1 in 20 Patients Are Misdiagnosed Every Year, Study Finds
Medical misdiagnosis can lead to dangerous situations. Even though doctors go through rigorous training to learn about the many different diseases and health problems that exist in the world, some illnesses will continue to slip under the radar. According to a new report, roughly 12 million people are misdiagnosed at an outpatient setting each year.
"The question is, can we eliminate human error, and the answer is no," said Dr. Hardeep Singh, lead author of the paper, reported by Boston Globe. "We have just now begun to understand what [these errors] are and what we can do."
For this study, Dr. Singh from Baylor College of Medicine and his team of researchers reviewed data collected from three previously published studies. These studies were centered on the type of medical care American adults received in outpatient settings, such as a primary care physician's office or clinics. Two of the studies involved cancer and one was focused on identifying general primary care diagnostic errors.
The researchers calculated that roughly five percent or one in every 20 people gets misdiagnosed every year. Around 50 percent of these misdiagnosed cases could lead to fatal outcomes. In order to improve medical care and reduce these mistakes, the researchers stated that medical professionals need to work together more efficiently. Patients must also be more proactive in informing their doctors about all their symptoms and problems no matter how small they might be.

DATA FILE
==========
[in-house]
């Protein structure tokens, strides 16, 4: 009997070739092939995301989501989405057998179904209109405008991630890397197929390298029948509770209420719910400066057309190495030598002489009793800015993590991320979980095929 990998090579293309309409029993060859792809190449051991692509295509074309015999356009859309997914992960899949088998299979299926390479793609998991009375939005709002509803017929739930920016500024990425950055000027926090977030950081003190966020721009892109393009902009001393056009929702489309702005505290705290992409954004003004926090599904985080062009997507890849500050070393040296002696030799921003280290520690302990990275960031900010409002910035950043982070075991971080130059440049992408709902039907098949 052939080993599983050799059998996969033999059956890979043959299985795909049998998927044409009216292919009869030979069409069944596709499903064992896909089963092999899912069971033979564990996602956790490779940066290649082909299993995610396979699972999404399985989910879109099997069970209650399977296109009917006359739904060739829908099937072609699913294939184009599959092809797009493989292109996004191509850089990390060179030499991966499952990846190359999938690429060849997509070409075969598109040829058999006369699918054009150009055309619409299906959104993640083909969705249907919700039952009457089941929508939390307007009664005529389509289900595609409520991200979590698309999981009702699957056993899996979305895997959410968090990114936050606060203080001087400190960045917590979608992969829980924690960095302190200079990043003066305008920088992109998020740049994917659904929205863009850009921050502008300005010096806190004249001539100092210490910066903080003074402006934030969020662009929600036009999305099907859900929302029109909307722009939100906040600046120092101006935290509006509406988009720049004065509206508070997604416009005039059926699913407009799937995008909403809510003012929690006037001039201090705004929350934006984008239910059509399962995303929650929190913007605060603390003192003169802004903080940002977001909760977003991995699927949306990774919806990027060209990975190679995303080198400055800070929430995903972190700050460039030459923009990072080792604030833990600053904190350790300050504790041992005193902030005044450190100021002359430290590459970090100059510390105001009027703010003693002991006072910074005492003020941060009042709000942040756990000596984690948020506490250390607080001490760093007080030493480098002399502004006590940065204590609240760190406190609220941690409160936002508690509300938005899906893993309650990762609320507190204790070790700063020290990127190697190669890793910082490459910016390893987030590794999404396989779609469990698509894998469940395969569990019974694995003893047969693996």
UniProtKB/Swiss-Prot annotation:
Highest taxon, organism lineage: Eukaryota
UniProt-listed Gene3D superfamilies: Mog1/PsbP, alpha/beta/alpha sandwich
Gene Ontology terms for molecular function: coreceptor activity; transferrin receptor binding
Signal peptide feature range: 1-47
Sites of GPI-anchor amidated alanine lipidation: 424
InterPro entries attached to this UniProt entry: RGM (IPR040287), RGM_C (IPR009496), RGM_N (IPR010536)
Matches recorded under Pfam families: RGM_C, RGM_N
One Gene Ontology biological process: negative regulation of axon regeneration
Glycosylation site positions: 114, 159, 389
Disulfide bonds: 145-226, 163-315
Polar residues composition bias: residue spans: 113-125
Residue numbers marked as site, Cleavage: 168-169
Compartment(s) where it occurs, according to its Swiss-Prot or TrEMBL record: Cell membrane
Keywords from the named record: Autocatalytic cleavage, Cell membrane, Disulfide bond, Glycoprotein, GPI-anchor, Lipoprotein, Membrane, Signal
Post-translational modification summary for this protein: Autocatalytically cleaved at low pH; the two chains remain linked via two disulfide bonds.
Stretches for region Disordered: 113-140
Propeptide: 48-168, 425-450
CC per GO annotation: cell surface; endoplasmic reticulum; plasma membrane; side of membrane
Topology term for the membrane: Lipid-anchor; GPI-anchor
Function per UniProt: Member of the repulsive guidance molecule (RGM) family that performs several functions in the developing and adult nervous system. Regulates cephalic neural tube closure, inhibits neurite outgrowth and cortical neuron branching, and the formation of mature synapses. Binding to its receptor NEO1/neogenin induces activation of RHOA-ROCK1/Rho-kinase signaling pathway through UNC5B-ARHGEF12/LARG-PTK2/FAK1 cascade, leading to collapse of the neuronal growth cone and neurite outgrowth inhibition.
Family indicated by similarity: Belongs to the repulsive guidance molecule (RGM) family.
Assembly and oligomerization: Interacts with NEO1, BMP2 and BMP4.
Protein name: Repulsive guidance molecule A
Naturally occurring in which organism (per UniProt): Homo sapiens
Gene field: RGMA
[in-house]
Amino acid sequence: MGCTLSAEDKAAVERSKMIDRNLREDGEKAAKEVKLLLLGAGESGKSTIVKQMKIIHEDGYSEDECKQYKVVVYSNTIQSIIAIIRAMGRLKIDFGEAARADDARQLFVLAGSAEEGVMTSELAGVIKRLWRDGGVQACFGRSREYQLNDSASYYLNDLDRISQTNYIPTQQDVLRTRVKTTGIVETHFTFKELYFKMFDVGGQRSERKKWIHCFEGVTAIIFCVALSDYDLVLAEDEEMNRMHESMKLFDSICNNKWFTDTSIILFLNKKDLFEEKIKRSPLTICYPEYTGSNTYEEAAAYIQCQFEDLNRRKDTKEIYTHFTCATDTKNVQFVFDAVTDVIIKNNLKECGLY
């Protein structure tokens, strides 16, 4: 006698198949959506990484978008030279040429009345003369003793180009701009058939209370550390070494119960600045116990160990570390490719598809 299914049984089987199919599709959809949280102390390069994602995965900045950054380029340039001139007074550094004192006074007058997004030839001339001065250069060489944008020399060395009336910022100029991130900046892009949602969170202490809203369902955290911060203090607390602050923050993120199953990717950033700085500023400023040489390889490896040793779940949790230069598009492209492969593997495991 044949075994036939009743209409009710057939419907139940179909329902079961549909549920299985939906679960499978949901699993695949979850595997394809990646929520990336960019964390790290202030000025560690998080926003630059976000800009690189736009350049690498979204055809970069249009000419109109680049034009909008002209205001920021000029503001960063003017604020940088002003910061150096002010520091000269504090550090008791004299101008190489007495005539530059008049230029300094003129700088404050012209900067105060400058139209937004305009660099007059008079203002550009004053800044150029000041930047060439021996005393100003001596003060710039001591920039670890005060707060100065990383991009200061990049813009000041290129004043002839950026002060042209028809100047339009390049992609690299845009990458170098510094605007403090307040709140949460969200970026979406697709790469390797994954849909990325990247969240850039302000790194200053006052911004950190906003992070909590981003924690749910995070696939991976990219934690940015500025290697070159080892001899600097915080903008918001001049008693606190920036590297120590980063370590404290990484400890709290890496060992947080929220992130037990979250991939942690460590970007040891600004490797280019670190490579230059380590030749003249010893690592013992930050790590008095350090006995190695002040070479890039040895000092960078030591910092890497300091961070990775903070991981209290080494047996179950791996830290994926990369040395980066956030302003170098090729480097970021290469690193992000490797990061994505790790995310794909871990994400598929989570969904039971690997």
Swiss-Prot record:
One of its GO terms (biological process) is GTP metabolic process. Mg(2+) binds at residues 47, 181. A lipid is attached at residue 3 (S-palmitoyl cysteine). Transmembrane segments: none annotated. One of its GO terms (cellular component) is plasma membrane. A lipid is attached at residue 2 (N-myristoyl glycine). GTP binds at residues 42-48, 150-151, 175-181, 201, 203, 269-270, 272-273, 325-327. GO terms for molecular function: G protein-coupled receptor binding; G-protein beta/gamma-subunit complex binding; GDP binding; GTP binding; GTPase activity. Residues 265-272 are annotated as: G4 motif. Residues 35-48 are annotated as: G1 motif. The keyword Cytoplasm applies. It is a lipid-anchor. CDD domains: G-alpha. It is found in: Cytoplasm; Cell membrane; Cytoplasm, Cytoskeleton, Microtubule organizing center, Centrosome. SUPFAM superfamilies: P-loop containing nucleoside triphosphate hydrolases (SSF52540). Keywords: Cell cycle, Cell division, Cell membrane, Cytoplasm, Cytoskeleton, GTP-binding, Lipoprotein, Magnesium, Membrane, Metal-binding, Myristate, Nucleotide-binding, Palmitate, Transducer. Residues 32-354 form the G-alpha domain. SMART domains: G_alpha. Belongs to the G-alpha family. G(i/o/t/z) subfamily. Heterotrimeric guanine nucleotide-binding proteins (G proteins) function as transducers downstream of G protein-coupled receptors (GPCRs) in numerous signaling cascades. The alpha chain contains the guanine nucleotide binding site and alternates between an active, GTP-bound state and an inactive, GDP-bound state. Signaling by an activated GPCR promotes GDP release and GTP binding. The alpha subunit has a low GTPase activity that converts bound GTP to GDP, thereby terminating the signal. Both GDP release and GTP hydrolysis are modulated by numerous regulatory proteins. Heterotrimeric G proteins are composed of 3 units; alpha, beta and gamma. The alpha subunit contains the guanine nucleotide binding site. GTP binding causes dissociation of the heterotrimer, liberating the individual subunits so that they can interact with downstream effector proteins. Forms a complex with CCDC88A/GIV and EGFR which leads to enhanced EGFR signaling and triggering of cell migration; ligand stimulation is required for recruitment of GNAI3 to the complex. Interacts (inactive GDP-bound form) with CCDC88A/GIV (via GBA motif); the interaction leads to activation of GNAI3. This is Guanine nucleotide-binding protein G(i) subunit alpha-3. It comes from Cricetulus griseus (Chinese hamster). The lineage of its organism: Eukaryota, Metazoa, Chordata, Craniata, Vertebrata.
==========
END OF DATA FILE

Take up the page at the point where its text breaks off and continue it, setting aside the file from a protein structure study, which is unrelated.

"One shouldn't be walking out of the office pondering," said Dr. Lewis Levy, vice president of Corporate Medical Quality at Best Doctors and an internist at Harvard Vanguard Medical Associates in Kenmore Square. "Don't be shy. Be curious."
The study, "The frequency of diagnostic errors in outpatient care: estimations from three large observational studies involving US adult populations," was published in the journal BMJ Quality & Safety.